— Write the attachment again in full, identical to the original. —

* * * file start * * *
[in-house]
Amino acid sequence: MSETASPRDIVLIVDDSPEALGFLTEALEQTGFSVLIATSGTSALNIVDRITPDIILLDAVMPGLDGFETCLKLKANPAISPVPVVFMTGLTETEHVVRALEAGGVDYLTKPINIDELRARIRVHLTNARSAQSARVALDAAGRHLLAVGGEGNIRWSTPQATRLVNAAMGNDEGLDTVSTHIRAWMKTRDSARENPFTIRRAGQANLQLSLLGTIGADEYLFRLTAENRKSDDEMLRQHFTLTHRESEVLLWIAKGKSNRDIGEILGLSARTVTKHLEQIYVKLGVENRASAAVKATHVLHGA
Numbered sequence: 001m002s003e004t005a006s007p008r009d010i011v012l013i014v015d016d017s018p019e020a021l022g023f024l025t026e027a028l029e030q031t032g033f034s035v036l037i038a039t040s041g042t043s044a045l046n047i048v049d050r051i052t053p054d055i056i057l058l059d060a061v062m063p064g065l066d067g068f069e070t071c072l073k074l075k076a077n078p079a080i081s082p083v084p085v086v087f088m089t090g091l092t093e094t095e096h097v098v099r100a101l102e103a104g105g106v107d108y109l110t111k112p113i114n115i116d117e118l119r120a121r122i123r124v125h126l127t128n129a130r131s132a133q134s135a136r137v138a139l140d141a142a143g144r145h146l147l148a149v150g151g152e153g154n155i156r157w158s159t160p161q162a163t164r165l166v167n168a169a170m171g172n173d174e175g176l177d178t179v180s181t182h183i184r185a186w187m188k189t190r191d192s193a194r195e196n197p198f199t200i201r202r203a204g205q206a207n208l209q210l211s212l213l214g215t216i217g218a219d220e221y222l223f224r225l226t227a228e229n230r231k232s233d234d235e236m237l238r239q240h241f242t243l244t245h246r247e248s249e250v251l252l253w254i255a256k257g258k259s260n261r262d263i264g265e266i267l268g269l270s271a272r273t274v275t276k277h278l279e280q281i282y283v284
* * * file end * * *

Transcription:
[in-house]
Amino acid sequence: MSETASPRDIVLIVDDSPEALGFLTEALEQTGFSVLIATSGTSALNIVDRITPDIILLDAVMPGLDGFETCLKLKANPAISPVPVVFMTGLTETEHVVRALEAGGVDYLTKPINIDELRARIRVHLTNARSAQSARVALDAAGRHLLAVGGEGNIRWSTPQATRLVNAAMGNDEGLDTVSTHIRAWMKTRDSARENPFTIRRAGQANLQLSLLGTIGADEYLFRLTAENRKSDDEMLRQHFTLTHRESEVLLWIAKGKSNRDIGEILGLSARTVTKHLEQIYVKLGVENRASAAVKATHVLHGA
Numbered sequence: 001m002s003e004t005a006s007p008r009d010i011v012l013i014v015d016d017s018p019e020a021l022g023f024l025t026e027a028l029e030q031t032g033f034s035v036l037i038a039t040s041g042t043s044a045l046n047i048v049d050r051i052t053p054d055i056i057l058l059d060a061v062m063p064g065l066d067g068f069e070t071c072l073k074l075k076a077n078p079a080i081s082p083v084p085v086v087f088m089t090g091l092t093e094t095e096h097v098v099r100a101l102e103a104g105g106v107d108y109l110t111k112p113i114n115i116d117e118l119r120a121r122i123r124v125h126l127t128n129a130r131s132a133q134s135a136r137v138a139l140d141a142a143g144r145h146l147l148a149v150g151g152e153g154n155i156r157w158s159t160p161q162a163t164r165l166v167n168a169a170m171g172n173d174e175g176l177d178t179v180s181t182h183i184r185a186w187m188k189t190r191d192s193a194r195e196n197p198f199t200i201r202r203a204g205q206a207n208l209q210l211s212l213l214g215t216i217g218a219d220e221y222l223f224r225l226t227a228e229n230r231k232s233d234d235e236m237l238r239q240h241f242t243l244t245h246r247e248s249e250v251l252l253w254i255a256k257g258k259s260n261r262d263i264g265e266i267l268g269l270s271a272r273t274v275t276k277h278l279e280q281i282y283v284